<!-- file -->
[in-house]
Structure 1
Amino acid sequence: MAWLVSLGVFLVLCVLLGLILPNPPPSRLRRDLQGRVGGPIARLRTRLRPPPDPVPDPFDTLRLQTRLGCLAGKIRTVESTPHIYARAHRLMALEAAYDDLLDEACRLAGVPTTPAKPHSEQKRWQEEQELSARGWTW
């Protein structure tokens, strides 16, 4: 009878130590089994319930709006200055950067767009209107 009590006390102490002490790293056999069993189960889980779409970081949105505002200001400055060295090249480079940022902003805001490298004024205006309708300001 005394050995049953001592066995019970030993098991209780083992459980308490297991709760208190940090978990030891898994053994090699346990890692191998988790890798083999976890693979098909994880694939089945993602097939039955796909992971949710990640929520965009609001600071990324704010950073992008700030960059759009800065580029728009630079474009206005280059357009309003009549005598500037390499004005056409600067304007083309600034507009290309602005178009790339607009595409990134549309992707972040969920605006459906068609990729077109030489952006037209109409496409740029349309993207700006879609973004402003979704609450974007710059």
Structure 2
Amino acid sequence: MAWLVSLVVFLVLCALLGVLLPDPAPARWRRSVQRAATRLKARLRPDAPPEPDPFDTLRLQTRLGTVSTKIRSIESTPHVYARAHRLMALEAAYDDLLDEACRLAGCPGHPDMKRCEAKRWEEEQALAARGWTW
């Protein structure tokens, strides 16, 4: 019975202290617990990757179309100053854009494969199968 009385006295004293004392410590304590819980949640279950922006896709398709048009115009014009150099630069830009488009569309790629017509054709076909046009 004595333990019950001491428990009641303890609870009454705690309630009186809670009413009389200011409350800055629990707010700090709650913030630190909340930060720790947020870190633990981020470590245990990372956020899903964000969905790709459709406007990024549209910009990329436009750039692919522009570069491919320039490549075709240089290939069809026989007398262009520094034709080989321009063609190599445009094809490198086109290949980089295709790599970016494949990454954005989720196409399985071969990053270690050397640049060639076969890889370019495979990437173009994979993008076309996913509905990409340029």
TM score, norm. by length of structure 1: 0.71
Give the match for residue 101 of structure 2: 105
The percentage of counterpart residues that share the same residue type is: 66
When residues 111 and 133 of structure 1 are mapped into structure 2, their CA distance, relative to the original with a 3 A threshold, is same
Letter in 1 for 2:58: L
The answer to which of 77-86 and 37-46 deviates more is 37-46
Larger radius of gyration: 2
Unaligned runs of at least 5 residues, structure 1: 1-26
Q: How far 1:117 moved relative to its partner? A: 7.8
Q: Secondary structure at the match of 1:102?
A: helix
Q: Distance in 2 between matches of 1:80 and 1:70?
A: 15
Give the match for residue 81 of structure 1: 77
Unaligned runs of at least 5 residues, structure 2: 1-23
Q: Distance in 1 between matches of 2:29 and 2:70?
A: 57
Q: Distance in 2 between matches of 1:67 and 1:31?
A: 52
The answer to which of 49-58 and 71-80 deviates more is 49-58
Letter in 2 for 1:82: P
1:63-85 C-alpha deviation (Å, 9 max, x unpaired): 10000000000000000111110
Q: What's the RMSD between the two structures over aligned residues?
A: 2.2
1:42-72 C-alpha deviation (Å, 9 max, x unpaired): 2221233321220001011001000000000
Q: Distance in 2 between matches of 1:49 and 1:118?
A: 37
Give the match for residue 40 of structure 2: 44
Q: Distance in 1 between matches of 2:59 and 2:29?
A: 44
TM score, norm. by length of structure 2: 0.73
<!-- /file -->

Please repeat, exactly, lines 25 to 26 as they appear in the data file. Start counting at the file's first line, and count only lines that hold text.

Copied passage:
Q: Distance in 2 between matches of 1:67 and 1:31?
A: 52